1. An e-mail message containing live data intended to do nefarious things to the recipient’s computer or terminal. It is possible, for example, to send letterbombs that will lock up some specific kinds of terminals when they are viewed, so thoroughly that the user must turn the terminal off to unwedge it. Under Unix, a letterbomb can also try to get part of its contents interpreted as a shell command. The results of this could range from silly to tragic.
See also Trojan horse; compare nastygram, talk bomb.
2. Loosely, a mailbomb.
noun 1. an envelope containing an explosive device designed to detonate when the envelope is opened by the recipient. noun 1. a thin explosive device inside an envelope, detonated when the envelope is opened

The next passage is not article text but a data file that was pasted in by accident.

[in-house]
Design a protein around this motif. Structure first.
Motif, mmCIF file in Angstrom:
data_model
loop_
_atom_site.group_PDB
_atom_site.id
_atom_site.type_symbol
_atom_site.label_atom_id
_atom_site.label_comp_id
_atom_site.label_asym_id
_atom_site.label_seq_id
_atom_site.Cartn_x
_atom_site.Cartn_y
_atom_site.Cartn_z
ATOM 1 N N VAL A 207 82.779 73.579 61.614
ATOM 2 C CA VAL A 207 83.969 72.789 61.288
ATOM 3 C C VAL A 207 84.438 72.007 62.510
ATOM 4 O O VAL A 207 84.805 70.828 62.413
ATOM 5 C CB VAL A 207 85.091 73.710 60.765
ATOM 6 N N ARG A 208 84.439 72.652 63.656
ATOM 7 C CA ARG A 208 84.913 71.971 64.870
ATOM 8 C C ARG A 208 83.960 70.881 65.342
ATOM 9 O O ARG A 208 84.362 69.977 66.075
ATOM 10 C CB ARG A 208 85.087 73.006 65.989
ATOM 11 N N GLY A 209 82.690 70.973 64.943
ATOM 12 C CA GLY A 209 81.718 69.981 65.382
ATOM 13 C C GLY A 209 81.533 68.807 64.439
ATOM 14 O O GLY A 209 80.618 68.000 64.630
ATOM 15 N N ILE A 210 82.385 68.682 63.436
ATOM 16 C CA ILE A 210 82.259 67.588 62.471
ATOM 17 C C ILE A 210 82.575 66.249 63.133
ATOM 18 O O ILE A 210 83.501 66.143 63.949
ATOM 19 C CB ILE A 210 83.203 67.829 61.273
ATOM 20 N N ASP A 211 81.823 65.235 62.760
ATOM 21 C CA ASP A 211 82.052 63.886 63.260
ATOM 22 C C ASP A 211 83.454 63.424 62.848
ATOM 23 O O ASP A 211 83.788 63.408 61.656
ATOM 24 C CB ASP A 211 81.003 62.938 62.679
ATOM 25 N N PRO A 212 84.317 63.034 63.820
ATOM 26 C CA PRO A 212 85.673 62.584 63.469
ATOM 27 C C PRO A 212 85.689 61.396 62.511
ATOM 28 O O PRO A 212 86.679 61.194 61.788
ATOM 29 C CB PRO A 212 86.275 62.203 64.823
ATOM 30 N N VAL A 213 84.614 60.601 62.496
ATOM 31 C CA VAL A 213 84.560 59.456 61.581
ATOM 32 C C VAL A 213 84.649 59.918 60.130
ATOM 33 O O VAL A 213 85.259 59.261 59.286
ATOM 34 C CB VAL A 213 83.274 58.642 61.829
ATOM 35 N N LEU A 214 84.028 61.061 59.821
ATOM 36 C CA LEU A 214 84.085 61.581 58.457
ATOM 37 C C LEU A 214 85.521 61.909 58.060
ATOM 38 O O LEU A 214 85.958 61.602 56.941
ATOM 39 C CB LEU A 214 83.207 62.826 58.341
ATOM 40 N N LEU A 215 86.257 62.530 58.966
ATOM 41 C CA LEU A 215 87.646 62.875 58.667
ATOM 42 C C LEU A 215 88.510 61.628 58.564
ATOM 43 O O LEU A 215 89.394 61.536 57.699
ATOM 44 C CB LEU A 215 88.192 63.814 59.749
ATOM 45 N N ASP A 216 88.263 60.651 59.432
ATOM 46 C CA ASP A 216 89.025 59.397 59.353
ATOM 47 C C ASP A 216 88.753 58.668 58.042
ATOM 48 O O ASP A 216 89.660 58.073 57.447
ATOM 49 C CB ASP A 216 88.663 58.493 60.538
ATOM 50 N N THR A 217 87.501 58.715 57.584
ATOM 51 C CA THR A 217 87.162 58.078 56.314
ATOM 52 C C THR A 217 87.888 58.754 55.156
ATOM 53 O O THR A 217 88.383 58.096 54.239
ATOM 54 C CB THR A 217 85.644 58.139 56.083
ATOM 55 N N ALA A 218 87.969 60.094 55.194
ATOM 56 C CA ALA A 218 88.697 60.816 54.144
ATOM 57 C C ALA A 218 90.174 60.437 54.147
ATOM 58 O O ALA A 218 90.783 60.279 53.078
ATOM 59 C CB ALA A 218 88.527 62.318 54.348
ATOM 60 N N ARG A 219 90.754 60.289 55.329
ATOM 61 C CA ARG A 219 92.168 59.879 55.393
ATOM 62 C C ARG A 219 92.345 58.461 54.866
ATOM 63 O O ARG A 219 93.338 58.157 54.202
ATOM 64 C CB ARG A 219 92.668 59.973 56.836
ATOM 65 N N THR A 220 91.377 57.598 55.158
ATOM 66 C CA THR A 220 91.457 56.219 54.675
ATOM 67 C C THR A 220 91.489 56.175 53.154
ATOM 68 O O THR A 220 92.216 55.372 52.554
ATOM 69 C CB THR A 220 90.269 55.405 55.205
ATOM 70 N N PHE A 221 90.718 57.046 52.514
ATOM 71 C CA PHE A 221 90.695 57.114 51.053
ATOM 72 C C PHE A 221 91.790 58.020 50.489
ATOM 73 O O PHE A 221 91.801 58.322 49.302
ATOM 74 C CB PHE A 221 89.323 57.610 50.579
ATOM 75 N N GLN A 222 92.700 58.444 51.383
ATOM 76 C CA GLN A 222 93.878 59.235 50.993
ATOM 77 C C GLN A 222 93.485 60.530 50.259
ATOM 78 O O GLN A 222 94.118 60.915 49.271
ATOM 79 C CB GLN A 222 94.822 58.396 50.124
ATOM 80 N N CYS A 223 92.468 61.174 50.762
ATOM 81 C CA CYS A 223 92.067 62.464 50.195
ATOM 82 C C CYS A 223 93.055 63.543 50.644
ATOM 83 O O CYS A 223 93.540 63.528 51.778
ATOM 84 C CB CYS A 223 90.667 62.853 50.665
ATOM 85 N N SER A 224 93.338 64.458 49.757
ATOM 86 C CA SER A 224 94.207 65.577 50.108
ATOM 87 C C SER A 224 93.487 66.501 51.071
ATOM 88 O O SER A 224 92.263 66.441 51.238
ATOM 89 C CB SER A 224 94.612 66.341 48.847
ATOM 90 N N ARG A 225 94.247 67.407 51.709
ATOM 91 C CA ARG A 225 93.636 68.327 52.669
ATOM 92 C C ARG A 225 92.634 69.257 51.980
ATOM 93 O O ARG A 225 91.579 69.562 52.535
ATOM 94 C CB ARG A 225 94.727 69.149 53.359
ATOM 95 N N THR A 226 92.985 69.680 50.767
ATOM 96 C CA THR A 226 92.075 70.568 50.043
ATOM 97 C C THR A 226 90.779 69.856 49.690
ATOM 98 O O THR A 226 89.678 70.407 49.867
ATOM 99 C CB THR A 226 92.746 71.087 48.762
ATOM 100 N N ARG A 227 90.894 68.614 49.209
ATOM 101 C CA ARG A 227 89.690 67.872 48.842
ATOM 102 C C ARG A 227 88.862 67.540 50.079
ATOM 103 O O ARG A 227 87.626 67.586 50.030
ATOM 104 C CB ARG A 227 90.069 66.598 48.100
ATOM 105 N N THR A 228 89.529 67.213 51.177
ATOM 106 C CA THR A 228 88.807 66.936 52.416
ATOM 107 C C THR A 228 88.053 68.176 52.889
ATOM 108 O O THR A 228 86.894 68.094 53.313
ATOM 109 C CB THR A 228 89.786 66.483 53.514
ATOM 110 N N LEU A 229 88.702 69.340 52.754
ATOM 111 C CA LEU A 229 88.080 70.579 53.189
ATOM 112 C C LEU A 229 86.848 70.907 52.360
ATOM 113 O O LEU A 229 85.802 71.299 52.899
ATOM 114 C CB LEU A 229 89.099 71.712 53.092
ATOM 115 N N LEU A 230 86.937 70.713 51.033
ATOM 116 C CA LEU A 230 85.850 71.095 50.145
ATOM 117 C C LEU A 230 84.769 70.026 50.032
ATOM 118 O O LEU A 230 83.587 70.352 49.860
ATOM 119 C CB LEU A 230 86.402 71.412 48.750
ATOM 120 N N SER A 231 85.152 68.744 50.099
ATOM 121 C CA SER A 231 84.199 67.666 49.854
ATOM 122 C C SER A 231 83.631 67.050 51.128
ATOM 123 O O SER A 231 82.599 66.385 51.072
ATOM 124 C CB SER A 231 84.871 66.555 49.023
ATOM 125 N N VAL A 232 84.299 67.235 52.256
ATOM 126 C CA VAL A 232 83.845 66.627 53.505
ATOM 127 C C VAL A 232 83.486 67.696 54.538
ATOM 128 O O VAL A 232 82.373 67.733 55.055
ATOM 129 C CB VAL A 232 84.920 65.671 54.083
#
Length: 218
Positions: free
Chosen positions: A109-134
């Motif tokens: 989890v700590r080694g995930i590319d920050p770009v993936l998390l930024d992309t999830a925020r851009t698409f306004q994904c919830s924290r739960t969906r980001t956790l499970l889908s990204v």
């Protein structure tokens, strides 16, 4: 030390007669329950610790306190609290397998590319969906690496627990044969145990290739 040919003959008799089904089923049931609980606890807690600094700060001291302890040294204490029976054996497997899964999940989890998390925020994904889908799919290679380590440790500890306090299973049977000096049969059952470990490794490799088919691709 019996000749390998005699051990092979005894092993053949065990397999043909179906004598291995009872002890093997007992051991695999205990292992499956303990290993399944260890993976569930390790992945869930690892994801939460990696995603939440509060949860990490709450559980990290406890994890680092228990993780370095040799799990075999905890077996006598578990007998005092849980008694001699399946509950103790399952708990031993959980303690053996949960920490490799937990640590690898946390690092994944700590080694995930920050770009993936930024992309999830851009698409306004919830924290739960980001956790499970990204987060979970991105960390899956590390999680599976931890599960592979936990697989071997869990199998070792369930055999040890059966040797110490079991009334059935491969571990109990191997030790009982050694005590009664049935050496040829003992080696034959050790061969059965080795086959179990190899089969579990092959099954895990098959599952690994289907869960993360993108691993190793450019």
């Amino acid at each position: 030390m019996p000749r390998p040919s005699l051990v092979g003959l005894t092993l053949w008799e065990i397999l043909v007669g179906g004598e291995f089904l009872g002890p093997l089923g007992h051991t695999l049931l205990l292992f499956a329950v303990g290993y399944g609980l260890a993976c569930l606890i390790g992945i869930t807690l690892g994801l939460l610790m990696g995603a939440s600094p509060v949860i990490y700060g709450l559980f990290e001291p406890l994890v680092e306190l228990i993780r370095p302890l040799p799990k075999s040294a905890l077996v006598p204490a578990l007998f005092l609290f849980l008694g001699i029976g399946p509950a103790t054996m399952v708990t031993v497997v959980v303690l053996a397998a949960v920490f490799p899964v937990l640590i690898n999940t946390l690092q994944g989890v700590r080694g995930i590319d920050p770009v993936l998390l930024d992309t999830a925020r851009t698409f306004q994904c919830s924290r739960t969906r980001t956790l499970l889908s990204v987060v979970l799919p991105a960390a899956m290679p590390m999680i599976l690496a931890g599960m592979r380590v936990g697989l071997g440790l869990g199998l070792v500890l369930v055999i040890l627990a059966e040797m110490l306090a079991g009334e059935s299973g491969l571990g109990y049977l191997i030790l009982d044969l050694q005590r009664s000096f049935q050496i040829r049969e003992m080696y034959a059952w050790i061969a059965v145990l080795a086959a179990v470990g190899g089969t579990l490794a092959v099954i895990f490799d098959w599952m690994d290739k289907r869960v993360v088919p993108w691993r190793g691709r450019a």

[let-er-boks] /ˈlɛt ərˌbɒks/ noun 1. Also, letter box. Chiefly British. a public or private mailbox. 2. a technique for displaying a wide-screen film on a regular-format television screen by reducing its size but retaining the aspect ratio, with black bands filling the screen above and below the picture. Compare . verb To show a wide-screen […]
/ˈlɛtəˌbɒksɪŋ/ noun 1. a method of formatting film that enables all of a wide-screen film to be transmitted on a television screen, resulting in a blank strip of screen above and below the picture 2. a type of treasure hunt in which a box, known as a letterbox, is hidden in a remote rural location […]
[let-er-kahrd] /ˈlɛt ərˌkɑrd/ noun, British. 1. a large postal card, with gummed edges, that can be folded lengthwise and sealed with the message inside.